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New statutory duty to report human trafficking could support more vulnerable people

New statutory duty to report human trafficking could support more vulnerable people

Human trafficking - Image credit: British Red Cross

A new statutory duty to report suspected cases of human trafficking could support more vulnerable people, justice secretary Humza Yousaf has said.

The Scottish Government is seeking views on plans to introduce a legal duty on Scottish public authorities to notify Police Scotland about suspected victims of human trafficking and exploitation.

Reports made under the duty will help to identify and support victims, target perpetrators and disrupt their activity and address conditions that lead to trafficking and exploitation.

It is proposed that the new duty would apply to local authorities, health boards, the Scottish Ambulance Service and the Scottish Fire and Rescue Service.

Information collected through the duty to notify will provide a more accurate picture of the scale and extent of trafficking in Scotland, the Scottish Government said.

This in turn will enable more effective targeting of both enforcement and support services.

Launching the consultation, Justice Secretary Humza Yousaf said: “Human trafficking is a hidden and often complex crime meaning the true scale of the problem is unknown.

“Victims may be reluctant to acknowledge their own situation for reasons including fear of their traffickers, distrust in the authorities and a lack of awareness that there are agencies that can support them to safety and recovery.

“These plans will create a statutory duty on Scottish public authorities to ensure that the information obtained by Police Scotland is publicly available.

“This intelligence will ultimately help us to protect and support more vulnerable people.”

Assistant Chief Constable Gillian MacDonald, Police Scotland’s lead on crime and protection, said: “Victims of human trafficking are among the most vulnerable in our communities.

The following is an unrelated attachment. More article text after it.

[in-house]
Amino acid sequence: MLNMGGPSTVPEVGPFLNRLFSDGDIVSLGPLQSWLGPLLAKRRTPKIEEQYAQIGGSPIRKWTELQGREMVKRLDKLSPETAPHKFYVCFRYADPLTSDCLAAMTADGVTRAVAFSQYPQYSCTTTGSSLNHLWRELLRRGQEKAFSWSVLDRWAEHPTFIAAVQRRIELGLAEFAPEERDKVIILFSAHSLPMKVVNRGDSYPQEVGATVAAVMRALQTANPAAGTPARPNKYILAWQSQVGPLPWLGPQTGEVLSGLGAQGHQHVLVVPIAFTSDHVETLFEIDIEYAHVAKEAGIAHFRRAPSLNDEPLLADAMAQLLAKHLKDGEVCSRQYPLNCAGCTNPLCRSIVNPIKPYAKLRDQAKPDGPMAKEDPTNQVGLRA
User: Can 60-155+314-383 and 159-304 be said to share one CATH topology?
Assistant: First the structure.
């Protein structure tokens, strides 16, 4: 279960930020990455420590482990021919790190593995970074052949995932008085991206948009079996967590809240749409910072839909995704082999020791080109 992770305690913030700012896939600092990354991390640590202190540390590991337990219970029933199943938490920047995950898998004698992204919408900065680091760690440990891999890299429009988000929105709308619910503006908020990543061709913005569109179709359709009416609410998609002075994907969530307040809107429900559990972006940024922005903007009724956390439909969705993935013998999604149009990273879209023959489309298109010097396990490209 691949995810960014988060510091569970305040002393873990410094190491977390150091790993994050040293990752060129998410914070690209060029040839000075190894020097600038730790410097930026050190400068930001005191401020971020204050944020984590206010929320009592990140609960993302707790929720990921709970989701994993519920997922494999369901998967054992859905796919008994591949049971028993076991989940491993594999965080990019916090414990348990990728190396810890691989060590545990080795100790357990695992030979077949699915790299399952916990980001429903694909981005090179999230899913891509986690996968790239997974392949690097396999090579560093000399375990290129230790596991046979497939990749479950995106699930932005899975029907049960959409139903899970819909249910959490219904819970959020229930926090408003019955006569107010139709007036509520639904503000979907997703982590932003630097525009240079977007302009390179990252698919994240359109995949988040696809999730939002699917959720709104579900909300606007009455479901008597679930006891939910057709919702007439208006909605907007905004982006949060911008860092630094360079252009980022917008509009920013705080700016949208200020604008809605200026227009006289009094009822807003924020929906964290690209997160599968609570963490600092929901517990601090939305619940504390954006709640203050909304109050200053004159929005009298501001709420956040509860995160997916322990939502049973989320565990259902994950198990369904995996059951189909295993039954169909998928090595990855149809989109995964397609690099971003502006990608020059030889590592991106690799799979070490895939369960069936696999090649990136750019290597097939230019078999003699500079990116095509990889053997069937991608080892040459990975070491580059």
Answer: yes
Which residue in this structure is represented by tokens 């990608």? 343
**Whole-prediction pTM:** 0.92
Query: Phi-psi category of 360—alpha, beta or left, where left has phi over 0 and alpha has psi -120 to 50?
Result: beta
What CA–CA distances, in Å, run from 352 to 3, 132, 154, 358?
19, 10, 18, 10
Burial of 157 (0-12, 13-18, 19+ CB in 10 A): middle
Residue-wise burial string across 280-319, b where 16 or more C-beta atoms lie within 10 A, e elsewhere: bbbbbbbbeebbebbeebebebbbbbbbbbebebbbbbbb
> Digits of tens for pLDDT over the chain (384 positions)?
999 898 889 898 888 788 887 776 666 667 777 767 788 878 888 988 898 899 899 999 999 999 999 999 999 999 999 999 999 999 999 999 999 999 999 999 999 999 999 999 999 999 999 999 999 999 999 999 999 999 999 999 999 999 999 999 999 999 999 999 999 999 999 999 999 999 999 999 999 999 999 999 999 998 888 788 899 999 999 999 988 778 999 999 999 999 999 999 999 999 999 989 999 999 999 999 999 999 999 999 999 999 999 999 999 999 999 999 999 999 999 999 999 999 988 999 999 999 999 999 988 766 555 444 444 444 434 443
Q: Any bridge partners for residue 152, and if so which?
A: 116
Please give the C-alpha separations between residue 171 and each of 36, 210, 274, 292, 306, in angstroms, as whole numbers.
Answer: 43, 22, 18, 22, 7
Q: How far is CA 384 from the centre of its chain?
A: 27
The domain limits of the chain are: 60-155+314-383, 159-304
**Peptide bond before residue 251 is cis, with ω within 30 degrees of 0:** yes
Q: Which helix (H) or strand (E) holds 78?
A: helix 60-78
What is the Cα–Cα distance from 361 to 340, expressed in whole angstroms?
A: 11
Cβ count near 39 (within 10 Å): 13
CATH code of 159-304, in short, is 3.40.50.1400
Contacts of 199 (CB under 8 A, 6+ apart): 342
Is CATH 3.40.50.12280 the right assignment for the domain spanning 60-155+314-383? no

“Some may never come to the attention of police or may choose, for their own reasons, not to engage with a police investigation.

“The introduction of a duty to notify is a positive step which will help us work with other public services to further develop our collective approach to protecting survivors.

“It will also assist in helping victims to escape the clutches of traffickers, as we work to make Scotland a hostile environment for this type of inhumane criminality.”

Malcolm Wright, chief executive of NHS Scotland, said: “Victims of human trafficking may be deeply traumatised and distrustful of authorities which may affect their ability to seek help, support and treatment for any injuries they have sustained as a result of their situation.

“All clinical and non-clinical staff across the NHS in Scotland can play a pivotal role in identifying potential victims of human trafficking and exploitation that may otherwise go unnoticed or remain invisible.

“Through our commitment to supporting the health and well-being of Scotland’s people we all have a responsibility to share information with the appropriate authorities to support safeguarding and the reporting of crime.”

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